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Article  |  Development

Why is Ruby On Rails a Good Fit in 2016?

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Why is Ruby On Rails a Good Fit in 2016?

What is Ruby on Rails?

Rails is a web application framework built around the Ruby language. The Ruby language was created in the mid 90s when the author, Yukihiro Matsumoto, decided to create a new, object-oriented language that combined some important features from several other languages. Rails actually began life as part of 37signals’ Basecamp. The framework was extracted from this project by David Heinemeier Hansson and Rails was was open sourced in 2004. We started using it six months later.

What is an Application Framework?

An application framework provides a set of rules and patterns that encourage a developer to work in a specific way. An often-used term is that Rails favours "convention over configuration". In short, this means that the framework has been designed to make it easy for developers to follow certain standards, and not waste time on making decisions about how to structure an application. This ensures that Rails applications have a common feel regardless of who wrote them.

The benefit to business stakeholders is that their application can be developed, deployed, and maintained by different developers. They will spend more time learning about how your business works and the rules you have in your application, instead of trying to understand why somebody wrote it in a specific way. They'll also spend less time making decisions about how to structure your application. Those decisions have already been made for them. To business owners this is a huge benefit in time and money. Teams change over time, and the cost of bringing a new developer up to speed can be reduced.

We can vouch for this as more than ~75% of the Ruby on Rails applications that we provide support and maintenance for were inherited from other agencies and/or freelancers.

Is Rails a mature framework?

Let’s be honest, there are many factors that come into play when choosing a framework for a new project and maturity is not necessarily the most exciting. The web is constantly evolving and developers can be driven by the challenge of what is on the horizon - learning the frameworks that have been designed to meet the changing web, or even creating new frameworks to push the web where we want it to go. Maturity sounds static when considering how quickly things change.

Rails has been around for over a decade. From a web point of view, that’s a long time. During that period it has continued to evolve and mature. With the abundance of Javascript frameworks, such as AngularJS or Ember.js, Rails has remained relevant by acting as a solid API backend. This has been recognised in In Rails 5, and it is now very simple to setup an application that uses a subset of the framework's features when the intention is to simply create an API.

The changes that have been introduced over the last 12 years have been fairly seamless and there hasn't been a strong feeling of features being shoehorned in. This is no mean feat, as frameworks grow and adapt to what developers need. Often painfully so. This growth of features may be seen as bloat by some, but decisions have been made that enable developers to leverage subsets of the framework where appropriate.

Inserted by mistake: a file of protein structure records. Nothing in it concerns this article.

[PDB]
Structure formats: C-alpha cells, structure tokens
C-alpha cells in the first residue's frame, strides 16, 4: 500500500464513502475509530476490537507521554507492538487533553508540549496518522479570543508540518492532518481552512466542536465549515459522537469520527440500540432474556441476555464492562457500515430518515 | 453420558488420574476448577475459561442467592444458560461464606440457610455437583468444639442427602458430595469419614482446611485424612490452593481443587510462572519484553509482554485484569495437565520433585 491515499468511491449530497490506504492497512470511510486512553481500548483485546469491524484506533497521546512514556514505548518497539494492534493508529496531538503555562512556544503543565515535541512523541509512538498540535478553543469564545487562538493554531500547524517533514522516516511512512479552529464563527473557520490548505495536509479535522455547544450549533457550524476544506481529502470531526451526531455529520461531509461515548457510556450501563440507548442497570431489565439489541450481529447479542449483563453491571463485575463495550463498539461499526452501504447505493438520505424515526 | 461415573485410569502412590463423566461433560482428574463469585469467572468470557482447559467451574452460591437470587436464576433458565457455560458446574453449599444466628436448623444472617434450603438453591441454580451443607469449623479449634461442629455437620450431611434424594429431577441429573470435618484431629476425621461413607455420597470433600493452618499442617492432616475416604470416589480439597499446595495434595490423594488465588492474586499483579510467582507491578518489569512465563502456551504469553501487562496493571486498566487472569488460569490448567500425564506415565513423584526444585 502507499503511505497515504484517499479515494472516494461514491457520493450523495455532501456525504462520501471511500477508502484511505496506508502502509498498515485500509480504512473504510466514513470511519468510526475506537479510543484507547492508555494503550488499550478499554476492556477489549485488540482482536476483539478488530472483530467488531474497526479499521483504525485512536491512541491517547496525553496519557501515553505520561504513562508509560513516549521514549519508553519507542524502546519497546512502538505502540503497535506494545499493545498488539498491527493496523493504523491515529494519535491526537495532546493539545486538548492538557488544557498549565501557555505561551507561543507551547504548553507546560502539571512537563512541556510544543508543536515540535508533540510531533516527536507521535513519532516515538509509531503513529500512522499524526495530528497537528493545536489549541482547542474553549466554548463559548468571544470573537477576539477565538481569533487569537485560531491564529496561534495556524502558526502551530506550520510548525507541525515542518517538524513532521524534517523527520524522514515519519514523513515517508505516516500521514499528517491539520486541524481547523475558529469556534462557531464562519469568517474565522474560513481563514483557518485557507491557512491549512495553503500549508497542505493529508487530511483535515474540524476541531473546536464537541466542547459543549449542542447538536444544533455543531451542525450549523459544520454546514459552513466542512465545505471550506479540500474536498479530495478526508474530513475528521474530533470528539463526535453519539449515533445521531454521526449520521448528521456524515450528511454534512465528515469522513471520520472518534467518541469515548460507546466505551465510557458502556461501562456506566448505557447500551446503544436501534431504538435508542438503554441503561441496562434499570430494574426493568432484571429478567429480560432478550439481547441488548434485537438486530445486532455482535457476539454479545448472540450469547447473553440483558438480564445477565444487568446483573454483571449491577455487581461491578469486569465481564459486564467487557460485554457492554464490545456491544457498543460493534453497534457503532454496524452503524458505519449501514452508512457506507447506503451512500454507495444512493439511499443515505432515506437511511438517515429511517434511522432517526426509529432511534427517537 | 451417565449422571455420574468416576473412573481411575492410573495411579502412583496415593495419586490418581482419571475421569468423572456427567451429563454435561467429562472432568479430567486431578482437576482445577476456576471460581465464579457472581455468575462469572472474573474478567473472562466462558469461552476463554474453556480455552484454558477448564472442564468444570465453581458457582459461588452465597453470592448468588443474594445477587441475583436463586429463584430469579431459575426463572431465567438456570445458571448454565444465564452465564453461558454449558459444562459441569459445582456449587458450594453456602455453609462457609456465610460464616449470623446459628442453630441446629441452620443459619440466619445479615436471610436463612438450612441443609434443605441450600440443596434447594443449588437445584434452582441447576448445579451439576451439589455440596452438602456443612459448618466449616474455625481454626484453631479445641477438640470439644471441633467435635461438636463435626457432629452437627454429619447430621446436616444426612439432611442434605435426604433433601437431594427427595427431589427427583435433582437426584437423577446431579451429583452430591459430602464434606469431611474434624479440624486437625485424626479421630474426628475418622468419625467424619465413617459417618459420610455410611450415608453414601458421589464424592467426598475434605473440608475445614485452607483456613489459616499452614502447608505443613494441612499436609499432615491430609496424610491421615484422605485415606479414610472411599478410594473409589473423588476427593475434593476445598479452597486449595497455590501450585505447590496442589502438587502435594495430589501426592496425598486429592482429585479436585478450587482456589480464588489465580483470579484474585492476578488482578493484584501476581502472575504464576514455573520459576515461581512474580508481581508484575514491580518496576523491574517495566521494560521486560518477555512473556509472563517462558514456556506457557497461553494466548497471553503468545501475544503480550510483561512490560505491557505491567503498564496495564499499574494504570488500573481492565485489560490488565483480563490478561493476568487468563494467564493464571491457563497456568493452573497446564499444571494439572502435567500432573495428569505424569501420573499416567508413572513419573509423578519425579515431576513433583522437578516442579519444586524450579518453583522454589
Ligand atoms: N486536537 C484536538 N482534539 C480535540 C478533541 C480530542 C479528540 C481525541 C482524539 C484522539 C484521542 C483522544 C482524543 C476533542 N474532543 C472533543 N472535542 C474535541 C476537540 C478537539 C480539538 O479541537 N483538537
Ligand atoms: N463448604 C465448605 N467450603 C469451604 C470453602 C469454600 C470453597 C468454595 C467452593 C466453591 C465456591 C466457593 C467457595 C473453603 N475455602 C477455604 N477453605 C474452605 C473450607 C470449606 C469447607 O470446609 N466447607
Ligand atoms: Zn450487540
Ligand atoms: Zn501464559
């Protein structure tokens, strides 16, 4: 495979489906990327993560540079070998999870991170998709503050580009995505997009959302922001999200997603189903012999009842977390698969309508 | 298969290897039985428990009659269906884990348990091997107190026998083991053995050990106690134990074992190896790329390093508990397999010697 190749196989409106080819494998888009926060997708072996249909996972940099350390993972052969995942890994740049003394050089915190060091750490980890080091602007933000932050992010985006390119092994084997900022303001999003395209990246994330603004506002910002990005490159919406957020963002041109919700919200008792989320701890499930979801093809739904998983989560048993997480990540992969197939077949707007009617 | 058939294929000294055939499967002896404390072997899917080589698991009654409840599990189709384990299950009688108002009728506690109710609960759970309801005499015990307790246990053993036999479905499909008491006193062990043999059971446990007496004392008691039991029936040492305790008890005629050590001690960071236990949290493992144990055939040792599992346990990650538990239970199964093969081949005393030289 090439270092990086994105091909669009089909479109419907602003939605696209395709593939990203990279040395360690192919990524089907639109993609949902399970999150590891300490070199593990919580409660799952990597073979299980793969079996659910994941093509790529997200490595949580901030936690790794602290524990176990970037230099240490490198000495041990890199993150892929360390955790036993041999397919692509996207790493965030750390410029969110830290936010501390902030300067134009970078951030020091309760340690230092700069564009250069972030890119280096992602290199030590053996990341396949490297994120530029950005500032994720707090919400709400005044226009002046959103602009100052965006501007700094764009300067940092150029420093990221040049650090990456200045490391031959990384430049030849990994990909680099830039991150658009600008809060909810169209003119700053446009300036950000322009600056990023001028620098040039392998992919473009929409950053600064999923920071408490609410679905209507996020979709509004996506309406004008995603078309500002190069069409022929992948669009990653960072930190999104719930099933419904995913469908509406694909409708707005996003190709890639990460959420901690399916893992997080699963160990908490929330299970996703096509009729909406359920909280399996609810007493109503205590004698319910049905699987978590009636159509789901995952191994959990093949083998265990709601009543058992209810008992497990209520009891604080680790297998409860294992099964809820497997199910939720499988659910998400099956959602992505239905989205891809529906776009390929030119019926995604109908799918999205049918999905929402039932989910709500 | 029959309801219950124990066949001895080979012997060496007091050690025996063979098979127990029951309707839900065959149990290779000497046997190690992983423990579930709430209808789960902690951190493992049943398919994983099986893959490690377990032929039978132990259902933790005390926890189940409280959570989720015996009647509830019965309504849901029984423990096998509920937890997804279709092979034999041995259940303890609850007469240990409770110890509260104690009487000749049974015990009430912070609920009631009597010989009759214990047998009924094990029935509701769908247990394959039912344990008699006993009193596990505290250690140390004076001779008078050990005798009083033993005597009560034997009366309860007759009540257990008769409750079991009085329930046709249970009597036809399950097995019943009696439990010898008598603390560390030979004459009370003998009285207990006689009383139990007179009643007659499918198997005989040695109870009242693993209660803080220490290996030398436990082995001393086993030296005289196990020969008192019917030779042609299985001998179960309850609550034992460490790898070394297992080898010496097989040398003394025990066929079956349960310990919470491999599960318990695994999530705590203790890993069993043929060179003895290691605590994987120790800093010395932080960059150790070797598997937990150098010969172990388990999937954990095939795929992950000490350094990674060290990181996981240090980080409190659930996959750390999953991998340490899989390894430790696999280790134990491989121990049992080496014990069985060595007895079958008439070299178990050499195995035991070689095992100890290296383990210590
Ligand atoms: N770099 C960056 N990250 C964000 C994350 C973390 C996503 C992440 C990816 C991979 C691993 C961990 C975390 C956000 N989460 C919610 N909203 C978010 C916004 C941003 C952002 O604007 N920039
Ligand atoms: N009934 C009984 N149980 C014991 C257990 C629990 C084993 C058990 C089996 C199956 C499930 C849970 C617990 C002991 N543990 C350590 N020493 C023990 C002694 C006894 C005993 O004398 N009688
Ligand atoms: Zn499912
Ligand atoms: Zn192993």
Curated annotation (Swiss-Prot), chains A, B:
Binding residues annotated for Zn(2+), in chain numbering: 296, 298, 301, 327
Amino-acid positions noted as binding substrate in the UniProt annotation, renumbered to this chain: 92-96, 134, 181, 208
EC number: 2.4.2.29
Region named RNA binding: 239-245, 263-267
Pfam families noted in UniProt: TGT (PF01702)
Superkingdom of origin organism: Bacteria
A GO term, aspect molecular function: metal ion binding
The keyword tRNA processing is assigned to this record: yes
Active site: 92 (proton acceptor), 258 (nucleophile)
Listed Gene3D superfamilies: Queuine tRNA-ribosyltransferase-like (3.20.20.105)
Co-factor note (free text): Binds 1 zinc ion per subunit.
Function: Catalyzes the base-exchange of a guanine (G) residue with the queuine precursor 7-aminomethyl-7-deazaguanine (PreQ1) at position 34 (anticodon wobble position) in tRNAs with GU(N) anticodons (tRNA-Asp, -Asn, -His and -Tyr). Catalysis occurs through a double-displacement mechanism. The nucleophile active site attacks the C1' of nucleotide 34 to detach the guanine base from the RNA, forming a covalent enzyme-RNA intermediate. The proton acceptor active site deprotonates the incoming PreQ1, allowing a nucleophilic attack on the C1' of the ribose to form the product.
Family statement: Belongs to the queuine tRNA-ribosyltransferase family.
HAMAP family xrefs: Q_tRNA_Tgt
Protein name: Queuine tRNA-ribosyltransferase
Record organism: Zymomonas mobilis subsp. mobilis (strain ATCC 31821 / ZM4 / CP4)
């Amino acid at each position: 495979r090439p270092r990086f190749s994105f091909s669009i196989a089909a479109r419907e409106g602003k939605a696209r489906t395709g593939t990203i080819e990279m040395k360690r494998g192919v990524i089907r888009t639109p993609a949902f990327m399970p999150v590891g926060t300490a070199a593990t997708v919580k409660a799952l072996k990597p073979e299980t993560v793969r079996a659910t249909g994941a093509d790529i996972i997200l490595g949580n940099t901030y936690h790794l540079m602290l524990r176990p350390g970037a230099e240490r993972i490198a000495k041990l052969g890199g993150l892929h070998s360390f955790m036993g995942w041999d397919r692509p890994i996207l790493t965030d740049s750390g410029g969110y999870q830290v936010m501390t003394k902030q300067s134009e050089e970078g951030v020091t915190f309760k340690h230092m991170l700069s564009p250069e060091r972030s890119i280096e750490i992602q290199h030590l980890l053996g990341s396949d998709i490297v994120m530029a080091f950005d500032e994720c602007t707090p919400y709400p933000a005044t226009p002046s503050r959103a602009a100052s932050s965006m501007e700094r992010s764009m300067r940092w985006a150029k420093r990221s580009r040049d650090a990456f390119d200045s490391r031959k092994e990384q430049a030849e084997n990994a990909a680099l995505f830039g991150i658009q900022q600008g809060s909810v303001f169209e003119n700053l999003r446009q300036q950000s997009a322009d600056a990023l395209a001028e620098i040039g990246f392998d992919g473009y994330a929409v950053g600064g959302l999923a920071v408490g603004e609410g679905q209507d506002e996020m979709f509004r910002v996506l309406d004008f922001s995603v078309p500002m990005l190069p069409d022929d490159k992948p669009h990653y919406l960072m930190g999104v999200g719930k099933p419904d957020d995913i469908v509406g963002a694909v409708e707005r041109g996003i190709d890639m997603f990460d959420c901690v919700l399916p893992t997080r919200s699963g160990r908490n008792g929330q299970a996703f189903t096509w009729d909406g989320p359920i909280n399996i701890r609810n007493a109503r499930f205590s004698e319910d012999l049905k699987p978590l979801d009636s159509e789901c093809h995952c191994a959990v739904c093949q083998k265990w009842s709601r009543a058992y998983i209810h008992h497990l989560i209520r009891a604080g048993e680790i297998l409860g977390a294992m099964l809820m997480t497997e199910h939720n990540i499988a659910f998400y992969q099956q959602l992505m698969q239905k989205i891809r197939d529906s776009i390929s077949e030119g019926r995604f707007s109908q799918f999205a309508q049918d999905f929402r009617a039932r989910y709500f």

A good discussion on the future of Rails can be found in interview with the creator, David Heinemeier Hansson. It’s worth a read.

Who Uses Rails?

There is no shortage of companies that are using Ruby on Rails. For example Github, Airbnb, Hulu, Square, and Shopify are some of the larger, more visible companies.

Who Can I Get To Work on My Rails Project?

Countless new frameworks have appeared in recent years and each of those are trying to tackle the various challenges of the changing web. Many of those focus on making life easier for developers when writing code that runs on the client's device, or using a single language across the whole framework. For example, Rails using Ruby and Javascript while Node based frameworks use just Javascript. There are many more options for developers when it comes to choosing a good framework compared to 2004, when Rails was released.

So, is Rails still popular and can somebody with a new project find developers that have expertise with the framework?

A quick search will (not surprisingly) show conflicting opinions, as there isn't a single, accurate way to determine this. For example, you can see here how people use different metrics:

Despite the number of newer frameworks, Ruby on Rails is still very popular and community activity is still high. It may not be the choice that it once was, when there wasn't really anything comparable, but it's maturity makes it a very strong option.

Conclusion

In our professional opinion, Ruby on Rails is just as relevant as it has always been and is a good choice for many projects. As with any framework, it's not suitable for everything. While there are plenty of new, promising frameworks they are still relatively immature and do not have the maturity of Rails. To us, it's as strong as ever and we're looking forward to seeing how it continues to evolve in the coming years. We’ve yet to see another framework released that has enabled us to develop scalable web applications smarter and/or faster.

Photo by Tiago Gerken

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